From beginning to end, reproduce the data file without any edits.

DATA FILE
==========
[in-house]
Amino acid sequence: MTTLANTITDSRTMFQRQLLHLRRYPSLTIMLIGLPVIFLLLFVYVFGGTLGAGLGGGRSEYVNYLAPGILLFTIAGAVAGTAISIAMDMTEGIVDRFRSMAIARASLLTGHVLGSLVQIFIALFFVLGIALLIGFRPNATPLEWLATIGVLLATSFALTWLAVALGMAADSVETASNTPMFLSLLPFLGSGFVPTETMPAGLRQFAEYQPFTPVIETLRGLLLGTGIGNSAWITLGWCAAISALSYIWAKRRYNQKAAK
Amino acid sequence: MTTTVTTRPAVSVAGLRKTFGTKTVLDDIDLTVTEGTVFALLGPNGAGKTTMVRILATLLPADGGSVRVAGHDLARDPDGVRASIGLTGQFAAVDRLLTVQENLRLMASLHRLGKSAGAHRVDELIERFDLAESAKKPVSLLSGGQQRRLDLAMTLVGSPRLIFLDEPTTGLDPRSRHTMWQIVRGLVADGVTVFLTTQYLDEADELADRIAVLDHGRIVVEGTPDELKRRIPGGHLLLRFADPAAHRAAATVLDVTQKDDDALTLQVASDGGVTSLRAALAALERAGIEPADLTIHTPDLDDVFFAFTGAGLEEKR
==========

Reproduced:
[in-house]
Amino acid sequence: MTTLANTITDSRTMFQRQLLHLRRYPSLTIMLIGLPVIFLLLFVYVFGGTLGAGLGGGRSEYVNYLAPGILLFTIAGAVAGTAISIAMDMTEGIVDRFRSMAIARASLLTGHVLGSLVQIFIALFFVLGIALLIGFRPNATPLEWLATIGVLLATSFALTWLAVALGMAADSVETASNTPMFLSLLPFLGSGFVPTETMPAGLRQFAEYQPFTPVIETLRGLLLGTGIGNSAWITLGWCAAISALSYIWAKRRYNQKAAK
Amino acid sequence: MTTTVTTRPAVSVAGLRKTFGTKTVLDDIDLTVTEGTVFALLGPNGAGKTTMVRILATLLPADGGSVRVAGHDLARDPDGVRASIGLTGQFAAVDRLLTVQENLRLMASLHRLGKSAGAHRVDELIERFDLAESAKKPVSLLSGGQQRRLDLAMTLVGSPRLIFLDEPTTGLDPRSRHTMWQIVRGLVADGVTVFLTTQYLDEADELADRIAVLDHGRIVVEGTPDELKRRIPGGHLLLRFADPAAHRAAATVLDVTQKDDDALTLQVASDGGVTSLRAALAALERAGIEPADLTIHTPDLDDVFFAFTGAGLEEKR